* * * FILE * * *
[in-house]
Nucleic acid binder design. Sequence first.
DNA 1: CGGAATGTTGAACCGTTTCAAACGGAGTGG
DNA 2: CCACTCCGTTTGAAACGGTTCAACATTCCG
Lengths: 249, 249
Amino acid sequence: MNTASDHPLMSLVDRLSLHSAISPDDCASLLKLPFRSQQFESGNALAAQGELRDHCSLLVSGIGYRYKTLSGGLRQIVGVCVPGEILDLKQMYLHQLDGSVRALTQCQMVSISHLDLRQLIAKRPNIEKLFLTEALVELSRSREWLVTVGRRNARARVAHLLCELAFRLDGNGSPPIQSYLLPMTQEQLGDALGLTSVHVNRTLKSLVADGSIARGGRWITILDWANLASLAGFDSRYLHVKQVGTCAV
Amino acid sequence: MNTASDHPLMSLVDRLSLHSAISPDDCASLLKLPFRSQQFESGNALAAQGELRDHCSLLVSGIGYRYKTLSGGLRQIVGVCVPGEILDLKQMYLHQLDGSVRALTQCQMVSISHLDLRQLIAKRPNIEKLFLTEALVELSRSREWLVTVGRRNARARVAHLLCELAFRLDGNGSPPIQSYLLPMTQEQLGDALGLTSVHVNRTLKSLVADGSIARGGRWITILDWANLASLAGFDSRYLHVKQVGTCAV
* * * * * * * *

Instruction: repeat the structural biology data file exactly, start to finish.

[in-house]
Nucleic acid binder design. Sequence first.
DNA 1: CGGAATGTTGAACCGTTTCAAACGGAGTGG
DNA 2: CCACTCCGTTTGAAACGGTTCAACATTCCG
Lengths: 249, 249
Amino acid sequence: MNTASDHPLMSLVDRLSLHSAISPDDCASLLKLPFRSQQFESGNALAAQGELRDHCSLLVSGIGYRYKTLSGGLRQIVGVCVPGEILDLKQMYLHQLDGSVRALTQCQMVSISHLDLRQLIAKRPNIEKLFLTEALVELSRSREWLVTVGRRNARARVAHLLCELAFRLDGNGSPPIQSYLLPMTQEQLGDALGLTSVHVNRTLKSLVADGSIARGGRWITILDWANLASLAGFDSRYLHVKQVGTCAV
Amino acid sequence: MNTASDHPLMSLVDRLSLHSAISPDDCASLLKLPFRSQQFESGNALAAQGELRDHCSLLVSGIGYRYKTLSGGLRQIVGVCVPGEILDLKQMYLHQLDGSVRALTQCQMVSISHLDLRQLIAKRPNIEKLFLTEALVELSRSREWLVTVGRRNARARVAHLLCELAFRLDGNGSPPIQSYLLPMTQEQLGDALGLTSVHVNRTLKSLVADGSIARGGRWITILDWANLASLAGFDSRYLHVKQVGTCAV